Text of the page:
PENINSULA — Ralph “Oz” Osgood, 88, died May 25, 2020, in Vancouver, Wash., surrounded by family. He was born Aug. 12, 1931, in Salem, Massachusetts to Edward W. Osgood and Katherine G. (Tillson) Osgood. He had an older brother, Edward W. Osgood II.

The family lived in Salem Neck, Massachusetts, a tight-knit community a few miles from downtown Salem. He attended the Juniper Point school there — a one-room schoolhouse that covered six grades. On the Neck, they weathered the 1938 hurricane that ripped off the roof of their home. Ralph remembered traveling about the flooded streets via canoe.

When Osgood was 15, he and his buddies were walking in the downtown area of Salem, Massachusetts, when they happened to see a help-wanted sign in the window of the Paramount movie theater. On an impulse Osgood decided to apply. He was hired as an usher for 35 cents an hour, a sum he described as “a pretty good deal” at the time.

According to Osgood, his job at the Paramount was the start of theater being “in my blood — I love theaters — I always have.” Osgood continued to work at the Paramount until he enlisted in the service.

In the 1950s the Korean War broke out and Ralph joined the Air Force. During his enlistment he was assigned to a radar station in Colville, Washington, and it was there that a second act of whimsy would have a life changing impact on his life. While walking down the street he saw a little boy and asked him if he had a babysitter. The little boy told him that he did and when Osgood asked where she was he pointed to a nearby house. Osgood walked up to the door, knocked, and introduced himself to the “beautiful young woman who came to the door.” “I was a single young man in a town where I didn’t know anyone — I figured it was a good way to meet someone.” He was 19 years old; Francis, the beautiful babysitter, was 18. They married on Aug. 24, 1951 in Colville, and have enjoyed 68 years of marriage.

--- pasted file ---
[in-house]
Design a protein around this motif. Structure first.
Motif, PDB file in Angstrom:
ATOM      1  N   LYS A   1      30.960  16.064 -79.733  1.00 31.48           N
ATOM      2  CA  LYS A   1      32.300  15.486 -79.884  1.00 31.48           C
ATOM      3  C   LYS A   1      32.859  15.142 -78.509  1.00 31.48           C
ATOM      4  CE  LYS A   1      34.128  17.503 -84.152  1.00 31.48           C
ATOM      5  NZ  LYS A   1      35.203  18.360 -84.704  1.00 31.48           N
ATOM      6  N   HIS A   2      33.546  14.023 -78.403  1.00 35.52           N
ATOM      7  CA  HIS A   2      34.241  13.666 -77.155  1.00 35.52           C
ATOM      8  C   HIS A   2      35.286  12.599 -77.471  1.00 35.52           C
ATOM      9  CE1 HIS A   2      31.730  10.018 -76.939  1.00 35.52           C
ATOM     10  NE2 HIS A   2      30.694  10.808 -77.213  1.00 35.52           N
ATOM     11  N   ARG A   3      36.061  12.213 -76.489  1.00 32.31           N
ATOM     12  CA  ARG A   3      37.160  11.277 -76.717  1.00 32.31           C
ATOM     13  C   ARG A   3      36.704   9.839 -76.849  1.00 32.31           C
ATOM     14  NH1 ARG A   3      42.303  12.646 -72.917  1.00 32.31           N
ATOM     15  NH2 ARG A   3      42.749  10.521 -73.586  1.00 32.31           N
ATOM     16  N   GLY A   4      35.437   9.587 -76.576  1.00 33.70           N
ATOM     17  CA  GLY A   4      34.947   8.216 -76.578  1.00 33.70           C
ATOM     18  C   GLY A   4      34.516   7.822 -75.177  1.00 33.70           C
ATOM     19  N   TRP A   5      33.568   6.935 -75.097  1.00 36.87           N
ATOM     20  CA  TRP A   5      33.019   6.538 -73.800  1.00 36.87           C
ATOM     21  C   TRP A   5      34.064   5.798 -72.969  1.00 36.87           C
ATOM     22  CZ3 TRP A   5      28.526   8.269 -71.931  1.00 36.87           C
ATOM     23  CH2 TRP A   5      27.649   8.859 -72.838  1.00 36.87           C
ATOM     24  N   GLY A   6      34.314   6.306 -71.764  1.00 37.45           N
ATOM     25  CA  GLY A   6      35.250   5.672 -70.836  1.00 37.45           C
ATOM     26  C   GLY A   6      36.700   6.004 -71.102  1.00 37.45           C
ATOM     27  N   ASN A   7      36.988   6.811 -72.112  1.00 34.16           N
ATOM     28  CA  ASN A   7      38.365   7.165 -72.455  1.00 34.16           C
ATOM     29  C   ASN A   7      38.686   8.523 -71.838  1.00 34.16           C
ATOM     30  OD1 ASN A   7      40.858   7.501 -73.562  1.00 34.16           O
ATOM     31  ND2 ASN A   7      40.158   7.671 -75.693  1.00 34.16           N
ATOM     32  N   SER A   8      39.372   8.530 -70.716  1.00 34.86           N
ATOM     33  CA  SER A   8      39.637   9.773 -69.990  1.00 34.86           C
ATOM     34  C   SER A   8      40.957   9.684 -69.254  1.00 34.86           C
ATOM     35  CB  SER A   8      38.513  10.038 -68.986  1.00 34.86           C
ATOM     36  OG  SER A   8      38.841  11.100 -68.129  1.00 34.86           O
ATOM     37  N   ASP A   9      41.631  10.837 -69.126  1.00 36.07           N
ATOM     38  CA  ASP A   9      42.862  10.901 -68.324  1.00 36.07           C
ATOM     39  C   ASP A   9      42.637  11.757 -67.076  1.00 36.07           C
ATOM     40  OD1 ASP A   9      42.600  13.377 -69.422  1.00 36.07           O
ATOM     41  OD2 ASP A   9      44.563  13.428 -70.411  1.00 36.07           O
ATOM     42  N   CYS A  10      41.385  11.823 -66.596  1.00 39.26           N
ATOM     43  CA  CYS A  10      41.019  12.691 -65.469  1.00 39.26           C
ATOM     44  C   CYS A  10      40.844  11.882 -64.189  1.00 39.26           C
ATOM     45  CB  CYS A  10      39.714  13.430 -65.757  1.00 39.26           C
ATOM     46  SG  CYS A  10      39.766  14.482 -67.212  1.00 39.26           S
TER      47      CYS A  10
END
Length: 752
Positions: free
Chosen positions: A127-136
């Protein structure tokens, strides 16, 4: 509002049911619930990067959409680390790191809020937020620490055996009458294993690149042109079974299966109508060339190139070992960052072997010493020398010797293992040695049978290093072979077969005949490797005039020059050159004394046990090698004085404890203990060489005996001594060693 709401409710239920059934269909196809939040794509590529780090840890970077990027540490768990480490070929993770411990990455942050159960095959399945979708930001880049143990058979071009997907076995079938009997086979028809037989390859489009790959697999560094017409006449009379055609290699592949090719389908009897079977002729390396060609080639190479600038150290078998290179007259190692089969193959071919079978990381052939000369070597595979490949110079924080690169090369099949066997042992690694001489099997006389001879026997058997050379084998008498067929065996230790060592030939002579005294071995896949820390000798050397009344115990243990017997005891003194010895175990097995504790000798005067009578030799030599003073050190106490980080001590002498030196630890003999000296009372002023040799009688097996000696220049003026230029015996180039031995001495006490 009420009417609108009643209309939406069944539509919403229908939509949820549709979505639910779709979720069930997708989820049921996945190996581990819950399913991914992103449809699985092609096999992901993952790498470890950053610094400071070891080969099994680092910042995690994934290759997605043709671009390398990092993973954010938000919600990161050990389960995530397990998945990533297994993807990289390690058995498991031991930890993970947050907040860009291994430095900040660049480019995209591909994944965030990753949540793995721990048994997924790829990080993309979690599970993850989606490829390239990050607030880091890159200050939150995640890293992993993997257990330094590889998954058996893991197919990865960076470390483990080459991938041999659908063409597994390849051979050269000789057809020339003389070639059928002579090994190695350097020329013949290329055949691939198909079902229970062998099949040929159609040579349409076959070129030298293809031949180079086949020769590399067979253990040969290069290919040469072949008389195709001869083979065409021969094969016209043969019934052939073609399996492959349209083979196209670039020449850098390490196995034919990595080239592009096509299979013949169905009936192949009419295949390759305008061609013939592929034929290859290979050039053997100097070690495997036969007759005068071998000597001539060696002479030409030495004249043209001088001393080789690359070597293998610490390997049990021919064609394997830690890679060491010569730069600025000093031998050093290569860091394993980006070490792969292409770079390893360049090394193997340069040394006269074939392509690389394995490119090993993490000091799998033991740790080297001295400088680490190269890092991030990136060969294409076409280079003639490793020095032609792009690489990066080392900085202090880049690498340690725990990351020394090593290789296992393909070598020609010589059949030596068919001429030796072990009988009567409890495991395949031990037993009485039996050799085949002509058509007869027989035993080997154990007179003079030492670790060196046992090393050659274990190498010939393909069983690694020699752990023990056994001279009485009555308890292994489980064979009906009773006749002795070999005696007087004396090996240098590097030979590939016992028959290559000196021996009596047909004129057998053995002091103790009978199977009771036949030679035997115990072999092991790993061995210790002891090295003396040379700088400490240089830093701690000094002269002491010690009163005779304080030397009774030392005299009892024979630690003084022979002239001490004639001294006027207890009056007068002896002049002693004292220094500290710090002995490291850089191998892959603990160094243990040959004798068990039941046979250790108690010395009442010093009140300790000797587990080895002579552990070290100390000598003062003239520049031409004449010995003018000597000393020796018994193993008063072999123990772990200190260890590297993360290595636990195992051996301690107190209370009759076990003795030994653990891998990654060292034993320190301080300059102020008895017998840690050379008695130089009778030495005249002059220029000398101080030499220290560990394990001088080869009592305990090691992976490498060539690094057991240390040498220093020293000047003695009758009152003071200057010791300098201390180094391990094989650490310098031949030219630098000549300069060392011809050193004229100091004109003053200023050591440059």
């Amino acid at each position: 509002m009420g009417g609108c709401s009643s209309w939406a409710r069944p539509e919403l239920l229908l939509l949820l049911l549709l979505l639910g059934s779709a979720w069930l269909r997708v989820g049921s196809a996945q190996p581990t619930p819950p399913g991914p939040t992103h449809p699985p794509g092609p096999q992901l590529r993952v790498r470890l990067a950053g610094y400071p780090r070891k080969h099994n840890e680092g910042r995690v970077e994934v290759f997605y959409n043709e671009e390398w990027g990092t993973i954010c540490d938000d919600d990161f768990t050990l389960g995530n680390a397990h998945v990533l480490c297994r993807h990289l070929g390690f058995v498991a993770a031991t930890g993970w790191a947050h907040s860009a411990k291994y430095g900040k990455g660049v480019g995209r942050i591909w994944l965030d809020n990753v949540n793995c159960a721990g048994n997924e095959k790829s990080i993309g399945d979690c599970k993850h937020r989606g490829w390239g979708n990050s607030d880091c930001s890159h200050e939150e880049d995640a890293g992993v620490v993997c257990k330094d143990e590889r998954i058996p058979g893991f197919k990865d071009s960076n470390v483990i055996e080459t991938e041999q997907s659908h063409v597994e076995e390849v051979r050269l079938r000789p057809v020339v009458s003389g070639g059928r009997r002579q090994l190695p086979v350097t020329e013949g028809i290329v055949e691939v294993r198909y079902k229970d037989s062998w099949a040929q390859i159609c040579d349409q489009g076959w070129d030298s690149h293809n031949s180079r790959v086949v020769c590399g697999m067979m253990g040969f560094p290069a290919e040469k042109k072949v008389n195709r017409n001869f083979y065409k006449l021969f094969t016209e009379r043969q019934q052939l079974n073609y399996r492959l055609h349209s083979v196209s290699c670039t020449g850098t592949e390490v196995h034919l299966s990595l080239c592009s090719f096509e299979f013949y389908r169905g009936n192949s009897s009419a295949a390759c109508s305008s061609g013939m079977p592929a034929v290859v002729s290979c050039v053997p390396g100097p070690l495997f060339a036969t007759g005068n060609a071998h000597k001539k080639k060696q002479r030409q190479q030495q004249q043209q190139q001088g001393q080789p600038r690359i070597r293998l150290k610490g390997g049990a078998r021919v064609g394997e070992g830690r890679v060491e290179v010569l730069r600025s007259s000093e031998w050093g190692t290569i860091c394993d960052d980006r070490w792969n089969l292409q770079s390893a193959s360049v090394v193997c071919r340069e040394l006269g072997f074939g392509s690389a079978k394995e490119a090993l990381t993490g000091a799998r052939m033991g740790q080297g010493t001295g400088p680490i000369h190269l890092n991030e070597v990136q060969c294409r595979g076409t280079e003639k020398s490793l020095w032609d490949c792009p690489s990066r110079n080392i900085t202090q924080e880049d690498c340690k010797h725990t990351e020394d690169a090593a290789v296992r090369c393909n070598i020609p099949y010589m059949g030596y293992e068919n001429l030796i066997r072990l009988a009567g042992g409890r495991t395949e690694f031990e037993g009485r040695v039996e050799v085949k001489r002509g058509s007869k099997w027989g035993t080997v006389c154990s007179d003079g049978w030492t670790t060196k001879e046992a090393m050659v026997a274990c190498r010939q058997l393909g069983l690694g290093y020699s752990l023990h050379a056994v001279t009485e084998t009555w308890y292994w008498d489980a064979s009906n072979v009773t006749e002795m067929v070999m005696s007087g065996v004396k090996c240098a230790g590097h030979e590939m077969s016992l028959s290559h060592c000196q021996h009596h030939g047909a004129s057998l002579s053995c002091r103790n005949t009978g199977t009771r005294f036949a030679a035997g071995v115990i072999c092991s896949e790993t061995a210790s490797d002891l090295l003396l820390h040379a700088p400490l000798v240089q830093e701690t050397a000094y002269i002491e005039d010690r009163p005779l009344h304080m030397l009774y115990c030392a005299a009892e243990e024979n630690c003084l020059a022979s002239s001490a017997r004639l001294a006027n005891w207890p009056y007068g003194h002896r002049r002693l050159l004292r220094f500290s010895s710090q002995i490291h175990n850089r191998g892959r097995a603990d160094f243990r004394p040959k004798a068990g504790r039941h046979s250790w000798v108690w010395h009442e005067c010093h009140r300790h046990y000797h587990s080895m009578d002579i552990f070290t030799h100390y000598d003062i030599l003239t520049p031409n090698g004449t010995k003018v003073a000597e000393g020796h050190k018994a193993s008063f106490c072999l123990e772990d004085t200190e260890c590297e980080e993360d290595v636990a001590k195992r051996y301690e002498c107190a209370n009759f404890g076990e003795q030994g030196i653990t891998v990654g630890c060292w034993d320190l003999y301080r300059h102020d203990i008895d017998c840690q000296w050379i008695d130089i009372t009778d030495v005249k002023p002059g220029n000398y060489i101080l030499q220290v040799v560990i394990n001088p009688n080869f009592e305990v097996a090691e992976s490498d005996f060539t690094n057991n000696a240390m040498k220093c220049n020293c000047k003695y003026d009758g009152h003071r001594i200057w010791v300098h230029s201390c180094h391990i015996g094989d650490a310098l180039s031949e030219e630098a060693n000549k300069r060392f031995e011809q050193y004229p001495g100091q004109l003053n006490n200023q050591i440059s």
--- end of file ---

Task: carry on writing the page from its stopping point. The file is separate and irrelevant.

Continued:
After his tour of duty, Osgood once again was drawn to employment in the movie business. He began working part-time at a drive-in theater in Colville, then as an assistant manager in Salem, Massachusetts. In the 1960s he worked at the first twin-plex movie theater in the U.S., located in Peabody, Massachusetts. Within a short time, he was promoted to the position of general manager of six theaters in the Seattle area. In 2014 the Motion Picture Pioneer Foundation named Ralph a Motion Picture Pioneer in honor of his 25 years in the business. The honor included a pass that allowed him free access to any movie in any theater in the U.S. for the rest of his life. One of his sons and a grandson have extended the family tradition of work in movie theaters.

He and Fran moved to Ocean Park in December 1993, and enjoyed living at the beach. Ralph sold advertising part-time at the Chinook Observer for many years and loved visiting with local businesses as he faithfully delivered Visitor Guides for years afterward as a volunteer.

Ralph loved softball, and traveled the western U.S. for years to play. He was on several master-class softball teams and participated in the Washington Senior Games for many years, earning gold medals. Although he retired from playing in the leagues at the age of 83, he never lost his love of the game.

He shared his love of classic movies by providing films for the Neptune Theatre to show free of charge each Wednesday and then on Saturdays for many years. He was proud to share from his collection of great movies.

His parents and his only brother preceded him in death.

He is survived by his wife of 68 years, Frances (Tuttle) Osgood; three children, Ralph Osgood of Vancouver, Washington, Perry Osgood of Renton, Washington and Robin Murray-Iosco of Goodyear, Arizona; as well as seven grandchildren and 12 great-grandchildren.

No formal services are scheduled at this time.

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